The Putnam statue, practically in the shadow of the state capitol building, was dedicated in 1874. The general is depicted, in uniform, cradling a sword in his left hand. Putnam is holding a three-cornered hat in his right hand.
The monument’s granite base bears a simple inscription on its front (east) side reading, “Israel Putnam.”
Putnam, a native of Danvers, Mass., led Connecticut troops during the Battle of Bunker Hill and may have issued the famous “Don’t fire until you see the whites of their eyes,” command.
The west side of the base reflects the posthumous donation of the statue by Joseph Pratt Allyn, a Hartford native and a justice on the Supreme Court of the Arizona territory. Ally, who used the pen name “Putnam” when commenting on political events in letters to a Hartford newspaper, left money for the memorial.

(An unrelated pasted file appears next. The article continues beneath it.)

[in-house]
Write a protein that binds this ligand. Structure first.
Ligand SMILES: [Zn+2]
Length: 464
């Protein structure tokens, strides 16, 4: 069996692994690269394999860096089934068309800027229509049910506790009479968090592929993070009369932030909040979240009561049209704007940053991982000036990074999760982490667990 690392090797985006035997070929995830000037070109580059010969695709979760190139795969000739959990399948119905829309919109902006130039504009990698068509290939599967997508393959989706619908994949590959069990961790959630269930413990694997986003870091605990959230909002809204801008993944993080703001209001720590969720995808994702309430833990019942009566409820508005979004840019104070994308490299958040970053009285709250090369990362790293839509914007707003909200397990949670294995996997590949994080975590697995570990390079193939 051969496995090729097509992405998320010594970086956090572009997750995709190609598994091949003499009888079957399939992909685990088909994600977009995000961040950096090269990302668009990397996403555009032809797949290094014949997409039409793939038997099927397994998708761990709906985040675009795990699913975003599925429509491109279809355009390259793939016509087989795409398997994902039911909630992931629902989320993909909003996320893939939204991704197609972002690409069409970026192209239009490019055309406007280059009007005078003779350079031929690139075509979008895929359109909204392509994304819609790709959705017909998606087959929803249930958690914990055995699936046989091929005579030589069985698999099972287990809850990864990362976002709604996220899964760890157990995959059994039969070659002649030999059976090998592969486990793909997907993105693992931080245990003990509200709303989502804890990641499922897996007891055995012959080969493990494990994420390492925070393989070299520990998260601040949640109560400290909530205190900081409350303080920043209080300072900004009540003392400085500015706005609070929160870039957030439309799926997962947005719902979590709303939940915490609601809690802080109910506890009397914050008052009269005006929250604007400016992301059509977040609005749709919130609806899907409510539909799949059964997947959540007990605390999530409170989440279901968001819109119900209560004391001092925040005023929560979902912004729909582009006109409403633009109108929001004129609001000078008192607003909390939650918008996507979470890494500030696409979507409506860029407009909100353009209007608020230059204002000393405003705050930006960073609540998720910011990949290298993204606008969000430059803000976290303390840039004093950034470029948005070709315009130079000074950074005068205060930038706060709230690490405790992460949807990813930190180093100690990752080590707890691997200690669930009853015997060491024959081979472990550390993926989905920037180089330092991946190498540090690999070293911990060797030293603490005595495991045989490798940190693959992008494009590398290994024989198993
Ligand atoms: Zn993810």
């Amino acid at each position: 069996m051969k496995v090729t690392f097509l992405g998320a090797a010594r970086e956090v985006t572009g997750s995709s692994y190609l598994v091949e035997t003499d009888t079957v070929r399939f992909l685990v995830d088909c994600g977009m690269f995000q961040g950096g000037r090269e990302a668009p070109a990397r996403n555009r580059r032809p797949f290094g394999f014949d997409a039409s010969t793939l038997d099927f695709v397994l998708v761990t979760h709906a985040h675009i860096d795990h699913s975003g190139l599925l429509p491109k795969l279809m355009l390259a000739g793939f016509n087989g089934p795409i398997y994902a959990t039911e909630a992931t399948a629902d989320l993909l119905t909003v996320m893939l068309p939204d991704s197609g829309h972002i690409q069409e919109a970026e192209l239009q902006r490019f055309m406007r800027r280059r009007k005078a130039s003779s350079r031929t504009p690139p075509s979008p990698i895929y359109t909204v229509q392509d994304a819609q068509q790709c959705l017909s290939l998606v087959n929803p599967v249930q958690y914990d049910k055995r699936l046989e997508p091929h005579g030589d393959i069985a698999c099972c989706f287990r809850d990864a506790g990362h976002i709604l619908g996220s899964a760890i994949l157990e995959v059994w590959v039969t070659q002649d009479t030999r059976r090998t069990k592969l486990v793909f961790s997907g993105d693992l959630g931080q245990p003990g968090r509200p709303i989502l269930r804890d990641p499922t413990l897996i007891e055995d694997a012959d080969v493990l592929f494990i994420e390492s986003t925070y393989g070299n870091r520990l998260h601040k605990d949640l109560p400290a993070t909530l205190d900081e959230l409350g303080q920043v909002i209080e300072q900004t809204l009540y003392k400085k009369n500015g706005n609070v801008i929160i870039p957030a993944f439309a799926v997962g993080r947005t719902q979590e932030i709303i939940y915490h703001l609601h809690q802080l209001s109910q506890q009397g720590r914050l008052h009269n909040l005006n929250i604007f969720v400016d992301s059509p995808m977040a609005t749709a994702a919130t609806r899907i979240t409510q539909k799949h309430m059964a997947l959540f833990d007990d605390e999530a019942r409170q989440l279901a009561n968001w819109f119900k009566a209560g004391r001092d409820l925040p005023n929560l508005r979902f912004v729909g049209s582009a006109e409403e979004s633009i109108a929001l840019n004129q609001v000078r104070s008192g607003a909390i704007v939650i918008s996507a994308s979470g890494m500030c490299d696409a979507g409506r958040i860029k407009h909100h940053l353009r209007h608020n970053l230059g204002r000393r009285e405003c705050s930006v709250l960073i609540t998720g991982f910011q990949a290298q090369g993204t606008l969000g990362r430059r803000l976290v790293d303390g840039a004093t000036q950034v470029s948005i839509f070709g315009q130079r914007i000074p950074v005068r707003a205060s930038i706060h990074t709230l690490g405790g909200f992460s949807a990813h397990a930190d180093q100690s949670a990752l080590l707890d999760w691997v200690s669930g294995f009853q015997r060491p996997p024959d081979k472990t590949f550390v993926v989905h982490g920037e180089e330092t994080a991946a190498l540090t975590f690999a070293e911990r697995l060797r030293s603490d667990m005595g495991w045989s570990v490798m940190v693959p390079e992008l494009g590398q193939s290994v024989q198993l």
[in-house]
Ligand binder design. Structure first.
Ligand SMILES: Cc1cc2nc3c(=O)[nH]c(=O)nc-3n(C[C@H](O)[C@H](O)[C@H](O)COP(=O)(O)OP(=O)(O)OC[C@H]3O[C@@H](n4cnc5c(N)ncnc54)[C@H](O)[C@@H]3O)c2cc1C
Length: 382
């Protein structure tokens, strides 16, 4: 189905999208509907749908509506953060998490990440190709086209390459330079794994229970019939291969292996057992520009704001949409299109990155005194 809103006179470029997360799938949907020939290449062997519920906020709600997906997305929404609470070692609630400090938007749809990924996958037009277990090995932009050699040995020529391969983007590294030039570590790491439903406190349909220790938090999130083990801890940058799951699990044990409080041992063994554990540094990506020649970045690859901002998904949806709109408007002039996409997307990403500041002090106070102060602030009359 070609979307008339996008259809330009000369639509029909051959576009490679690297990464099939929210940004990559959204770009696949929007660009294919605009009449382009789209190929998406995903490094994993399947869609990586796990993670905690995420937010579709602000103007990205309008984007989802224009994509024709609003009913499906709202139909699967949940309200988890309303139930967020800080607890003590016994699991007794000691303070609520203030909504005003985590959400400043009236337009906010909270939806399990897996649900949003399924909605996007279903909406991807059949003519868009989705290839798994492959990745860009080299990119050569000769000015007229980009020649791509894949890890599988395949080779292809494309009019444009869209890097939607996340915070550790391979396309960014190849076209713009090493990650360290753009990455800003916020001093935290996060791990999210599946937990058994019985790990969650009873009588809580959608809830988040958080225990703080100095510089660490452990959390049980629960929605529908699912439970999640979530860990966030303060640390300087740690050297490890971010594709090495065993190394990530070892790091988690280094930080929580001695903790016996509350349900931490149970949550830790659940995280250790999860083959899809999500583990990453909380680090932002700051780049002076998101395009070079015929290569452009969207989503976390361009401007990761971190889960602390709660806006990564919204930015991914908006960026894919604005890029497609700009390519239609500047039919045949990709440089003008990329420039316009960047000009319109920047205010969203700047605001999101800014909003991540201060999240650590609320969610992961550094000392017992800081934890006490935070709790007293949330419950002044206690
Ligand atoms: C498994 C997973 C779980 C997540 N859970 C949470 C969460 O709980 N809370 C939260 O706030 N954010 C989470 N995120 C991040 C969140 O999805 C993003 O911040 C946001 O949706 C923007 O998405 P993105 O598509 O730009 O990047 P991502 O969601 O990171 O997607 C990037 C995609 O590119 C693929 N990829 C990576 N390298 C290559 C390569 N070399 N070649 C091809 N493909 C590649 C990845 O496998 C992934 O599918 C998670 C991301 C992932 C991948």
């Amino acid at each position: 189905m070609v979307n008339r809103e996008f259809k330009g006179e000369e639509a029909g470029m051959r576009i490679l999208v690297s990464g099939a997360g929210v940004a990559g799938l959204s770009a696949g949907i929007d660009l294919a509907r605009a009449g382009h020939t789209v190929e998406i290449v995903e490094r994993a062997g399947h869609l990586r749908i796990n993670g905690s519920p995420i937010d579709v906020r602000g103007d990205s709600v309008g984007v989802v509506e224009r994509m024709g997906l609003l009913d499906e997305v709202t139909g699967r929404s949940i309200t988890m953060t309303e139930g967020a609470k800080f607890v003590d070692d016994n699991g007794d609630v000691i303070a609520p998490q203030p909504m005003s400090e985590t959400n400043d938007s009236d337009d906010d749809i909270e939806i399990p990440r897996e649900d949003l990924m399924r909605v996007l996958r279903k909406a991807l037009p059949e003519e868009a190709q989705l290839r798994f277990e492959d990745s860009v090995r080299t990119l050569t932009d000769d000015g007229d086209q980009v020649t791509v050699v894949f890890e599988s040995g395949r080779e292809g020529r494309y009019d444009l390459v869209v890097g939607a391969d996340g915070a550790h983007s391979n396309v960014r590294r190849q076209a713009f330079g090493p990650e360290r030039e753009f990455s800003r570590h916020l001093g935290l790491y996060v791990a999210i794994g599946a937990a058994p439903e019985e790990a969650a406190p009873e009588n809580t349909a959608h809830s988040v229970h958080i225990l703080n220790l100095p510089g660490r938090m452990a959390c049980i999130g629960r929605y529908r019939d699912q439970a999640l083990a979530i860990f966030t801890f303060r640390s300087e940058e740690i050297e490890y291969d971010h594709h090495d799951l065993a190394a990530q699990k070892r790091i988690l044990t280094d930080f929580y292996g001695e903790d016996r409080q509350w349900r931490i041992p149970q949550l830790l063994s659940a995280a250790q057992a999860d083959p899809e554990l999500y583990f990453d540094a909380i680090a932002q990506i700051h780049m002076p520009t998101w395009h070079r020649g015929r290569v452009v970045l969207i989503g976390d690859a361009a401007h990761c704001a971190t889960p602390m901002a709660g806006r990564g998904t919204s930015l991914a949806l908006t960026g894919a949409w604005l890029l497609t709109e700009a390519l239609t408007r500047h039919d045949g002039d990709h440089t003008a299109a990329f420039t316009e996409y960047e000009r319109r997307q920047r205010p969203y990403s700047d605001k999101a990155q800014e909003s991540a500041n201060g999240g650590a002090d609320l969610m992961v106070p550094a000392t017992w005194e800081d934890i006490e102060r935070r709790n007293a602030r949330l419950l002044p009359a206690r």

The monument was created by sculptor John Quincy Adams Ward, whose other works include the 7th Regiment Monument in New York’s Central Park.
Not far from the Bushnell Park monument, Putnam’s original headstone has been placed in a case in the Hall of Flags at the Capitol building’s west entrance.
After his death in 1790, Putnam was placed in an aboveground tomb in Brooklyn. Over the years, souvenir hunters damaged the headstone, and the gravesite was deemed unsuitable for Putnam.
Putnam was moved to a new sarcophagus and monument on Canterbury Road (Route 169) in Brooklyn, and the original headstone was placed on display in the Capitol.